Skip to main content
Home / Articles /

Scaling SVG Clipping Paths for CSS Use

Direct Link →

A legit CSS trick documented by Eric Meyer!

So there is polygon() in CSS and <polygon> in SVG. They are closely related, but there are all kinds of weirdnesses. For example, you can use path() in CSS to update the d attribute of a <path>, but you can't do the same with polygon() and <polygon>.

Part of the problem is that polygon() in CSS only accepts numbers with units, like px, %, em, or whatever.

.clip-me {
  /* Works! */
  clip-path: polygon(50% 0, 100% 25%, 100% 75%, 50% 100%, 0 75%, 0 25%);

  /* Does NOT work */
  clip-path: polygon(50 0, 100 25, 100 75, 50 100, 0 75, 0 25);
}

Which is exactly the opposite in SVG:

<svg>
  /* Works! */
  <polygon points="50 0, 100 25, 100 75, 50 100, 0 75, 0 25"></polygon>

  /* Does NOT work */
  <polygon points="50px 0px, 100px 25px, 100px 75px, 50px 100px, 0px 75px, 0px 25px"></polygon>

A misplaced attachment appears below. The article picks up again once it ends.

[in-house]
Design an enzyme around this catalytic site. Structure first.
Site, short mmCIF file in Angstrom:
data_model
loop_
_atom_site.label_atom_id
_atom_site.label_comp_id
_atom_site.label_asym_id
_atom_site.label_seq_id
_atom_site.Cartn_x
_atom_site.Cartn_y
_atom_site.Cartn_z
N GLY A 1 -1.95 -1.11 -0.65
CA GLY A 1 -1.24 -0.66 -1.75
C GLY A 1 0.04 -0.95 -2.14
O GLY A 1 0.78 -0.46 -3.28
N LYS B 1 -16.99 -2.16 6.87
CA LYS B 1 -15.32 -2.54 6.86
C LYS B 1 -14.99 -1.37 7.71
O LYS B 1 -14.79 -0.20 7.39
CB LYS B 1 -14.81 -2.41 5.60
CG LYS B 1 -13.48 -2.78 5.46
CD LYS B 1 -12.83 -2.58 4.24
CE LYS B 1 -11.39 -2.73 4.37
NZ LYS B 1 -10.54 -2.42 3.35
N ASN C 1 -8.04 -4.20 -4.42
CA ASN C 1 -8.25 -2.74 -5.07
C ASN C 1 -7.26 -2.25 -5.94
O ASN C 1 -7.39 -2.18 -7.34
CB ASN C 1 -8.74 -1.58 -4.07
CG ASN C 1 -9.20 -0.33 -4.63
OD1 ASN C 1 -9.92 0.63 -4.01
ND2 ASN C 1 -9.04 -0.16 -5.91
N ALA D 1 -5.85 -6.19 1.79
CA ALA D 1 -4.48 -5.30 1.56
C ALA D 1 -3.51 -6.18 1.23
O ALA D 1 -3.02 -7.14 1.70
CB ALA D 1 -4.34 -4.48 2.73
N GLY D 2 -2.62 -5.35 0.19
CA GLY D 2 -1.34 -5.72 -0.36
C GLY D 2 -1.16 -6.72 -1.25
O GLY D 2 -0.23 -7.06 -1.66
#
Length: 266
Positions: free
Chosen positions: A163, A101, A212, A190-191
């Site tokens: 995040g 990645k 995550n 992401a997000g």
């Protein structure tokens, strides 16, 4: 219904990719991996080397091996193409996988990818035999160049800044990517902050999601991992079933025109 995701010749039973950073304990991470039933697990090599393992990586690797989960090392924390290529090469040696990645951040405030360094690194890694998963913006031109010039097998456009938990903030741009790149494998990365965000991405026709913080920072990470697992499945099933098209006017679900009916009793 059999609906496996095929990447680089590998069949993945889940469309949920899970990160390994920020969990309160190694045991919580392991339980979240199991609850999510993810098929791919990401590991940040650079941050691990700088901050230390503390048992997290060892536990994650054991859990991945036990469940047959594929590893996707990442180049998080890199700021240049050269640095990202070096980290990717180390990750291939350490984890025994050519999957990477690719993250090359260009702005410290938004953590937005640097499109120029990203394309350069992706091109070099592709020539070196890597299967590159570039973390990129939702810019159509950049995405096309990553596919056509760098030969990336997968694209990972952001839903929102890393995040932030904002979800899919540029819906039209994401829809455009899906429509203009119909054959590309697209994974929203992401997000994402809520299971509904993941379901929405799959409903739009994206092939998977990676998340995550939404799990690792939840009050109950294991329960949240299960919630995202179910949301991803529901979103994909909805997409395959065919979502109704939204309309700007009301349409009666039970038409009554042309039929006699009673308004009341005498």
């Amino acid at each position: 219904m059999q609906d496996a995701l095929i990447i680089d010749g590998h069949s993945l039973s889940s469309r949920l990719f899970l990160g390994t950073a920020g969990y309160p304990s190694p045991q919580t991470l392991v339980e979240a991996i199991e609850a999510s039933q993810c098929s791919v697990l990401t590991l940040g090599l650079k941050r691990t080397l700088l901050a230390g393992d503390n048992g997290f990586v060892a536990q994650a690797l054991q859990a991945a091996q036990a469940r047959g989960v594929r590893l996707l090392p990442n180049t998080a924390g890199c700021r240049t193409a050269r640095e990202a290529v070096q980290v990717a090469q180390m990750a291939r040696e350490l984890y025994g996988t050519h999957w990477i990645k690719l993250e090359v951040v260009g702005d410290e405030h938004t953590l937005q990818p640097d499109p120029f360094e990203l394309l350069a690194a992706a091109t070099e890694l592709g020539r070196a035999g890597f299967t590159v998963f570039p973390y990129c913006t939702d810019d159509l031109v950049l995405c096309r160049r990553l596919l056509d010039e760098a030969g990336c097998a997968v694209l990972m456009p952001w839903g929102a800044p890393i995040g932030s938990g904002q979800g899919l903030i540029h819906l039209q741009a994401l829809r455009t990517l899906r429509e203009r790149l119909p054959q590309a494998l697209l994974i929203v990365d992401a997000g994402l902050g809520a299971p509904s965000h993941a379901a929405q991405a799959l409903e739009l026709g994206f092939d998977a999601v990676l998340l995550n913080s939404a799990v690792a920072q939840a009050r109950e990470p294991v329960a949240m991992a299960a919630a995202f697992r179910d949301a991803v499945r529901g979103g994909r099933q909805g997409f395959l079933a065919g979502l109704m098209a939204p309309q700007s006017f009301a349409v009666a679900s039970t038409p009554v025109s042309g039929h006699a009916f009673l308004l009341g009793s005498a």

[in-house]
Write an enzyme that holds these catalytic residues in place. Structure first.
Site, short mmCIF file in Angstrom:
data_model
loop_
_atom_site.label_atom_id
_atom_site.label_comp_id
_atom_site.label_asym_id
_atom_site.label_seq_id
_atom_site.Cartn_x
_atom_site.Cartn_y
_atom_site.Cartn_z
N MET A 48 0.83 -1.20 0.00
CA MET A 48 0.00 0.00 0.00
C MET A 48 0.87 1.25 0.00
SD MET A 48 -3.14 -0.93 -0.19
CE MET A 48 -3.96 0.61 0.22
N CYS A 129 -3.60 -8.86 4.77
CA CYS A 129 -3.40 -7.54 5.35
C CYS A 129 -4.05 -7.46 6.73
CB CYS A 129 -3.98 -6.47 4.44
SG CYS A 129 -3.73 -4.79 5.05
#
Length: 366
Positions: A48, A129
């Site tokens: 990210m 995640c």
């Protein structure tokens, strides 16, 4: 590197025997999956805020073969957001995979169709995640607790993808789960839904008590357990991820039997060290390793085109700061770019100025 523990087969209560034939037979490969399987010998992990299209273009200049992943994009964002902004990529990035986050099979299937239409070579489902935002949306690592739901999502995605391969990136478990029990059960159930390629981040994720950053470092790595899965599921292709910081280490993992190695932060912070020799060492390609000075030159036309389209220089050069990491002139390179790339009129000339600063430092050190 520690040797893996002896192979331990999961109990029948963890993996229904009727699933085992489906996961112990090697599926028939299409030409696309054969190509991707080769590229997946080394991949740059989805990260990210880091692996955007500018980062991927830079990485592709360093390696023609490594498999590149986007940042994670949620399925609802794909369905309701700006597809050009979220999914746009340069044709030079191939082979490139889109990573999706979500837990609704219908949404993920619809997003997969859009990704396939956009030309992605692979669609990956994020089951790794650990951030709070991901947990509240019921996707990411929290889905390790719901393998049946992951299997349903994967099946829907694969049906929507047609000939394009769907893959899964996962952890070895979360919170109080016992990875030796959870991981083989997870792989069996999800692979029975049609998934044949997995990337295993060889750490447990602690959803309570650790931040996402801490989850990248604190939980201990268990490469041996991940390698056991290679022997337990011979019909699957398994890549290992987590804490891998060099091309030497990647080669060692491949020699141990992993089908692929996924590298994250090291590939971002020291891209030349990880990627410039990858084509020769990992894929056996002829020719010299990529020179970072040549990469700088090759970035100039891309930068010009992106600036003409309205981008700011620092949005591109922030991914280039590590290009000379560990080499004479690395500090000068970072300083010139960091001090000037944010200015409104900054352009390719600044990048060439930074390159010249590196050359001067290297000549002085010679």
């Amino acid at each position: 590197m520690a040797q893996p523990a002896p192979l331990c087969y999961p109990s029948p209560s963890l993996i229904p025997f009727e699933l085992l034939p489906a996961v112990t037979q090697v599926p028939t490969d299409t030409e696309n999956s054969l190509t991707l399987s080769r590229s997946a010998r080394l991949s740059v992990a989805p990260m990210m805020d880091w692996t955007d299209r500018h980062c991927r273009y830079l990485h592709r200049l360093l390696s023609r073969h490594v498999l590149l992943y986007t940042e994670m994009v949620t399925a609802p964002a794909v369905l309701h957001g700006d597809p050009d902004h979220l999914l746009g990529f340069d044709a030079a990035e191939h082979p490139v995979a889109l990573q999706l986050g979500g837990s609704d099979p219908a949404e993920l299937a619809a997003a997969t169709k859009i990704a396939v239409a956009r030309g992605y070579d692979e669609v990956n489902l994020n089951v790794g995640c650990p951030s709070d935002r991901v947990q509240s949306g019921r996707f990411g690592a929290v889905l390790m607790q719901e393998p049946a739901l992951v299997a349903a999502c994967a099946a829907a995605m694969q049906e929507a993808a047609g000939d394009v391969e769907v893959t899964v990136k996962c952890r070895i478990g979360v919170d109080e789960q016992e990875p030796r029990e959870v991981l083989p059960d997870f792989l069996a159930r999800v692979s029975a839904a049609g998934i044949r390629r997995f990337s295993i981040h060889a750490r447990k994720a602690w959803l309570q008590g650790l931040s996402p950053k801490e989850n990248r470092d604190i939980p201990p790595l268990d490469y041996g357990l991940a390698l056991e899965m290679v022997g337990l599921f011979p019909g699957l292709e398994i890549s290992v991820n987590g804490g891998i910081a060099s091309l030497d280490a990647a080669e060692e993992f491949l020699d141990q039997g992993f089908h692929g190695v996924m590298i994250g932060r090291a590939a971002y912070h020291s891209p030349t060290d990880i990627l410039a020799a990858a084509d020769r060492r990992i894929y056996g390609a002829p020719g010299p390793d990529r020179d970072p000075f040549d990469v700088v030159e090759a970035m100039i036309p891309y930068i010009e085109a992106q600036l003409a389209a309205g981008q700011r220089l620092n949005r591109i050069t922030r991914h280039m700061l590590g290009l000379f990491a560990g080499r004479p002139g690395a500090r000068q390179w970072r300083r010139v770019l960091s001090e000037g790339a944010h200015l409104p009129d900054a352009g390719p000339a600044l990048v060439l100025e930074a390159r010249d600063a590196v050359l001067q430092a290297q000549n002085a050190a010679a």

<polygon points="50% 0%, 100% 25%, 100% 75%, 50% 100%, 0px 75%, 0% 25%"></polygon>
</svg>

The trick is that you can force the SVG coordinates to behave like percentage coordinates (even with weird viewBoxes) with some light math, a transform attribute, and a special clipPathUnits attribute.

<svg viewBox="0 0 329.6667 86">
  <clipPath id="cloud02" clipPathUnits="objectBoundingBox"
   transform="scale(0.003033 0.0116279)">
    <path d="…(coordinates go here)…"/>
  </clipPath>
</svg>

Those two values are 1/329.6667 and 1/86, respectively, and they effectively scale every point in the d attribute to fit into the needed 0–1 range. Thus we have an SVG clipping path that scales with the element and fits to its dimensions!

icon-link icon-logo-star icon-search icon-star